Wang, a Chinese state councillor and foreign minister, said Beijing stood ready to reopen constructive dialogue with Washington after relations between the two countries sank to their lowest in decades under former president Donald Trump.

Wang called on Washington to remove tariffs on Chinese goods and abandon what he said was an irrational suppression of the Chinese tech sector, steps he said would create the “necessary conditions” for cooperation.

Before Wang spoke at a forum sponsored by the foreign ministry, officials played footage of the “ping-pong diplomacy” of 1972 when an exchange of table tennis players cleared the way for then U.S. President Richard Nixon to visit China.

Wang urged Washington to respect China’s core interests, stop “smearing” the ruling Communist Party, stop interfering in Beijing’s internal affairs and stop “conniving” with separatist forces for Taiwan’s independence.

“Over the past few years, the United States basically cut off bilateral dialogue at all levels,” Wang said in prepared remarks translated into English.

“We stand ready to have candid communication with the U.S. side, and engage in dialogues aimed at solving problems.”

Wang pointed to a recent call between Chinese President Xi Jinping and U.S. President Joe Biden as a positive step.

Washington and Beijing have clashed on multiple fronts including trade, accusations of human rights crimes against the Uighur Muslim minorities in the Xinjiang region and Beijing’s territorial claims in the resources-rich South China Sea.

The Biden administration has, however, signalled it will maintain pressure on Beijing. Biden has voiced concern about Beijing’s “coercive and unfair” trade practices and endorsed of a Trump administration determination that China has committed genocide in Xinjiang.

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U.S. Supreme Court Allows Release of Trump Tax Returns



President Trump Signs Executive Order In Oval Office Of The White House

U.S. Supreme Court Allows Release of Trump Tax Returns

The U.S. Supreme Court on Monday paved the way for a New York City prosecutor to obtain former President Donald Trump’s tax returns and other financial records as part of a criminal investigation, a blow to his quest to conceal details of his finances.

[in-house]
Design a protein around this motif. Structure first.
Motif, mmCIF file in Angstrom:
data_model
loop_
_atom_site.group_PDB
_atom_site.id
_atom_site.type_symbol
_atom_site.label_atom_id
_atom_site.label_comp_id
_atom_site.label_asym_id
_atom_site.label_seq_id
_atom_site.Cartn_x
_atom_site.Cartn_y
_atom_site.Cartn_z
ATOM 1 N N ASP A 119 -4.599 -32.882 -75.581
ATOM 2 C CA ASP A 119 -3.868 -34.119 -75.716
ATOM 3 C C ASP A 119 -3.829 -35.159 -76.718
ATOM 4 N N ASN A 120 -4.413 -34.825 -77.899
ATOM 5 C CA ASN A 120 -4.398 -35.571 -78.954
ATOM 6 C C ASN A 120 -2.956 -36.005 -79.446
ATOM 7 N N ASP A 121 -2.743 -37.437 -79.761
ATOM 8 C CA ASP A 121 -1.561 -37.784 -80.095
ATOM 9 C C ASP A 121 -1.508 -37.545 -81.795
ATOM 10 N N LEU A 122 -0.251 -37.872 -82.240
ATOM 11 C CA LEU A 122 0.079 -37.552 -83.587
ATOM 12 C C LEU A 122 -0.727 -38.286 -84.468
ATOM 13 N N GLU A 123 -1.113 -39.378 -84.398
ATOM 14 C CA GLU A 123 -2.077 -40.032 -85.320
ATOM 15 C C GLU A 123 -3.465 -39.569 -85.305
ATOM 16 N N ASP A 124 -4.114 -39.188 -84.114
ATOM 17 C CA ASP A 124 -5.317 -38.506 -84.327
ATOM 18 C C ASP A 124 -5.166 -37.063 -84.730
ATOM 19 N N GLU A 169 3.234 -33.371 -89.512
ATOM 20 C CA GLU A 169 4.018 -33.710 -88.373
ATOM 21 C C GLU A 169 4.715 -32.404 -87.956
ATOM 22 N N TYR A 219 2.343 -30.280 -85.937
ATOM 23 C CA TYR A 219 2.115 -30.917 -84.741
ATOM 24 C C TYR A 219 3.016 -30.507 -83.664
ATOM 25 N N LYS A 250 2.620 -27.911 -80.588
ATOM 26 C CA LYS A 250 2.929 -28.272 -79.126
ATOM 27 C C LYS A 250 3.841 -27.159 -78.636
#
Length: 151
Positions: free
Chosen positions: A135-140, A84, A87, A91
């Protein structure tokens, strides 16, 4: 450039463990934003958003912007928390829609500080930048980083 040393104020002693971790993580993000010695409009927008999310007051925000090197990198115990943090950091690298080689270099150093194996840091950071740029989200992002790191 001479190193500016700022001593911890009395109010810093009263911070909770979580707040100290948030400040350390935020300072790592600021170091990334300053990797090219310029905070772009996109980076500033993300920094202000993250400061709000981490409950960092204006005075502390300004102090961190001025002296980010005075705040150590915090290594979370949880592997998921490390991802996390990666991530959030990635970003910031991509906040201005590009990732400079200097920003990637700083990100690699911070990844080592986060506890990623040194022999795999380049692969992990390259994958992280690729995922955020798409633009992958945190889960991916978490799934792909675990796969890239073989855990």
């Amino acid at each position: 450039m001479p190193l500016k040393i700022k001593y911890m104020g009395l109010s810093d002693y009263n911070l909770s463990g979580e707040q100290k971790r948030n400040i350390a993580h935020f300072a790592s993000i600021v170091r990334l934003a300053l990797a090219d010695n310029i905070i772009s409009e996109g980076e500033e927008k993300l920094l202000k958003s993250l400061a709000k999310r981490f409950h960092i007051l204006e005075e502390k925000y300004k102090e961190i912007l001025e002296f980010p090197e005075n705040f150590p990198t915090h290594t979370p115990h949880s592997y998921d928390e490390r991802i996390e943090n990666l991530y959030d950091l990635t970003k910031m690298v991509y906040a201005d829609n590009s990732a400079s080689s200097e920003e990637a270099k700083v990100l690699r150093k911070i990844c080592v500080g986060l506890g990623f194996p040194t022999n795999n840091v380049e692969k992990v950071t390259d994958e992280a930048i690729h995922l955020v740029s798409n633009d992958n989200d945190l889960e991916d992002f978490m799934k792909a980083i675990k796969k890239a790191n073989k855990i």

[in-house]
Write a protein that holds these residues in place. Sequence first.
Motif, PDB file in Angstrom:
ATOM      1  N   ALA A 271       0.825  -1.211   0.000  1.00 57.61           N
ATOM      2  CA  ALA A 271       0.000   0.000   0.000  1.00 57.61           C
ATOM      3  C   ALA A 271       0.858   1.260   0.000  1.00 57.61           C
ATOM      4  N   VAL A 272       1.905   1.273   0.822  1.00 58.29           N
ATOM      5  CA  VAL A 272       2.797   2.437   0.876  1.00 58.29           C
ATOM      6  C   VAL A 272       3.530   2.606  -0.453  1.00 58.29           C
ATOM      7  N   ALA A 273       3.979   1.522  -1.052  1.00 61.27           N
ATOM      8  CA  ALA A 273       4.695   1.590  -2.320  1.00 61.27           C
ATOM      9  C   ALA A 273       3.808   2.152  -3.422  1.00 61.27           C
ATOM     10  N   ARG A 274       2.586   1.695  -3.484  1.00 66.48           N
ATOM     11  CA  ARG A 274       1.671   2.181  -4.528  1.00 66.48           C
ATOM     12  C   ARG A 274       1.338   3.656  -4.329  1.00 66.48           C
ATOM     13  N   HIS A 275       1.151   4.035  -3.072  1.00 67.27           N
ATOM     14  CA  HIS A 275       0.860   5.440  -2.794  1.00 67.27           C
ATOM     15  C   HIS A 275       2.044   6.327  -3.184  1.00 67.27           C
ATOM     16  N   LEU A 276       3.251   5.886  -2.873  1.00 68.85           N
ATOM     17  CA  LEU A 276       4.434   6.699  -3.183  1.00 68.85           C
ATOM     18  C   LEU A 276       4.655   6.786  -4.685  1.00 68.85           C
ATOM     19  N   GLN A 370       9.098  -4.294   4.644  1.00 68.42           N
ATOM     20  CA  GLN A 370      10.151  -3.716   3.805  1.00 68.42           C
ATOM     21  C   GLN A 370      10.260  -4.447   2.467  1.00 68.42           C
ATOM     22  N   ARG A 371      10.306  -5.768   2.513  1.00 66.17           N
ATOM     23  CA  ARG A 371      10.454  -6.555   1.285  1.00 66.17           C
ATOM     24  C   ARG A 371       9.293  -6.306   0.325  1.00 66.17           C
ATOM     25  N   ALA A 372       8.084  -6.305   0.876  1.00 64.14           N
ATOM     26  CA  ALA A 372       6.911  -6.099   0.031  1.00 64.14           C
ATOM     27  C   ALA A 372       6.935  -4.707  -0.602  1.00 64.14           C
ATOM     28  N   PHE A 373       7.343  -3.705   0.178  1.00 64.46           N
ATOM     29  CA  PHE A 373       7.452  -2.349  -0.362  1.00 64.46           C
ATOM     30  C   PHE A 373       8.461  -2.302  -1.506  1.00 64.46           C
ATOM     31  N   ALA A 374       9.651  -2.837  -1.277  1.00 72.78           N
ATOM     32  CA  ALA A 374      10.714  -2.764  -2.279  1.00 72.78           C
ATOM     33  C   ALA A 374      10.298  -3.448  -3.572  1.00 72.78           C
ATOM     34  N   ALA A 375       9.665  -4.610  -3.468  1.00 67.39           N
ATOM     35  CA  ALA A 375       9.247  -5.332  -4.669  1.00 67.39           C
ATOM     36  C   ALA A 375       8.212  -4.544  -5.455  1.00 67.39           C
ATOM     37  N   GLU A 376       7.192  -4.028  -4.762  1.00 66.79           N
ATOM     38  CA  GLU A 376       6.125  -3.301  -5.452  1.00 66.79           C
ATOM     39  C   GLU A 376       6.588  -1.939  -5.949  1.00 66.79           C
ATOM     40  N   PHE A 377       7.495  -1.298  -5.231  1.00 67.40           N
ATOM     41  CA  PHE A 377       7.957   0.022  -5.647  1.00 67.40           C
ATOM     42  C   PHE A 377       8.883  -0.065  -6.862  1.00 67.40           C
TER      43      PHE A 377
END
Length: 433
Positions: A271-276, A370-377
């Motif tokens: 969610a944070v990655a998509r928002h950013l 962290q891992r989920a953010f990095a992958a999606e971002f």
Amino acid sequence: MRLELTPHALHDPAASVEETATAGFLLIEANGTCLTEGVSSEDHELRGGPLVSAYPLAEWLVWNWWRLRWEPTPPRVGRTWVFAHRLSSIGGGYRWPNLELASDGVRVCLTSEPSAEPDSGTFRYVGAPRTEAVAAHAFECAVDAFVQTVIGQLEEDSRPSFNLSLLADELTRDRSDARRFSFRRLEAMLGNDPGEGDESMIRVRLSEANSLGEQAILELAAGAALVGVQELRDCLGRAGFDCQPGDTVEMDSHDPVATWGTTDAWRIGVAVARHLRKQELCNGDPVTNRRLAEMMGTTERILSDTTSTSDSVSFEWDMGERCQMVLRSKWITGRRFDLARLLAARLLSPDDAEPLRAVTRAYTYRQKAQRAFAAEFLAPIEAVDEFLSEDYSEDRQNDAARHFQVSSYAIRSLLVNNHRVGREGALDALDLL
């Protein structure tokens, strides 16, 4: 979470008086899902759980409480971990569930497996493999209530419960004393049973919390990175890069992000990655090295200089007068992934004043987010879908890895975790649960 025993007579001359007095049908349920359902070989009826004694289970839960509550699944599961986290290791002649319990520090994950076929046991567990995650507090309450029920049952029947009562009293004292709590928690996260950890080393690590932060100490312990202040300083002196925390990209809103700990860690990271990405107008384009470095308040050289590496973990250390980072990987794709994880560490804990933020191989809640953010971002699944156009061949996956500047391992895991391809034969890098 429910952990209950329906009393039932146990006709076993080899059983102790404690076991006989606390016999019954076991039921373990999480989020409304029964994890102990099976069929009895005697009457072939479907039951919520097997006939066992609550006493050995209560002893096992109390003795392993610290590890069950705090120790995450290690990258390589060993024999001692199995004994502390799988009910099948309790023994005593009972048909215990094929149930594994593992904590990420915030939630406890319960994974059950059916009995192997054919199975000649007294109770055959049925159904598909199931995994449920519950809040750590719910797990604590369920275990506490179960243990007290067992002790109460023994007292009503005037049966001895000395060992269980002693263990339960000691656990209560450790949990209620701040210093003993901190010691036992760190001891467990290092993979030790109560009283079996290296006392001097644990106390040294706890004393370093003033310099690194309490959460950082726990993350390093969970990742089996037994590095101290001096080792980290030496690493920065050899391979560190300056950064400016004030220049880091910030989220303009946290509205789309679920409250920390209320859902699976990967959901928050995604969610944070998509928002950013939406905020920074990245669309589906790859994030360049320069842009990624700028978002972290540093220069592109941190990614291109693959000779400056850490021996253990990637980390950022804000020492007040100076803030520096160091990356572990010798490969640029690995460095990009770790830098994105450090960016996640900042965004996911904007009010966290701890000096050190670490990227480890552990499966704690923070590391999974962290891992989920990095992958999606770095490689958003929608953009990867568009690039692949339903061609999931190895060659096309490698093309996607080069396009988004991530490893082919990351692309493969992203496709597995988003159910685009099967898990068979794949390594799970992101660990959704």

The justices without comment rebuffed Trump’s request to put on hold an Oct. 7 lower court ruling directing the former Republican president’s longtime accounting firm, Mazars USA, to comply with a subpoena to turn over the materials to a grand jury convened by Manhattan District Attorney Cyrus Vance, a Democrat.

“The work continues,” Vance said in a statement issued after the court’s action.

Vance had previously said in a letter to Trump’s lawyers that his office would be free to immediately enforce the subpoena if the justices rejected Trump’s request.

A lawyer for Trump did not immediately respond to a request for comment.

The Supreme Court, which has a 6-3 conservative majority included three Trump appointees, had already ruled once in the dispute, last July rejecting Trump’s broad argument that he was immune from criminal probes as a sitting president.

Unlike all other recent U.S. presidents, Trump refused during his four years in office to make his tax returns public. The data could provide details on his wealth and the activities of his family real-estate company, the Trump Organization.

Trump, who left office on Jan. 20 after being defeated in his Nov. 3 re-election bid by Democrat Joe Biden, continues to face an array of legal issues concerning his personal and business conduct.

Vance issued a subpoena to Mazars in August 2019 seeking Trump’s corporate and personal tax returns from 2011 to 2018. Trump’s lawyers sued to block the subpoena, arguing that as a sitting president, Trump had absolute immunity from state criminal investigations.

The Supreme Court in its July ruling rejected those arguments but said Trump could raise other objections to the subpoena. Trump’s lawyers then argued before lower courts that the subpoena was overly broad and amounted to political harassment, but U.S. District Judge Victor Marrero in August and the New York-based 2nd U.S. Circuit Court of Appeals in October rejected those claims.

Vance’s investigation, which began more than two years ago, had focused on hush money payments that the president’s former lawyer and fixer Michael Cohen made before the 2016 election to two women – adult-film actress Stormy Daniels and former Playboy model Karen McDougal – who said they had sexual encounters with Trump.

In recent court filings, Vance has suggested that the probe is now broader and could focus on potential bank, tax and insurance fraud, as well as falsification of business records.

In separate litigation, the Democratic-led U.S. House of Representatives was seeking to subpoena similar records. The Supreme Court in July sent that matter back to lower courts for further review.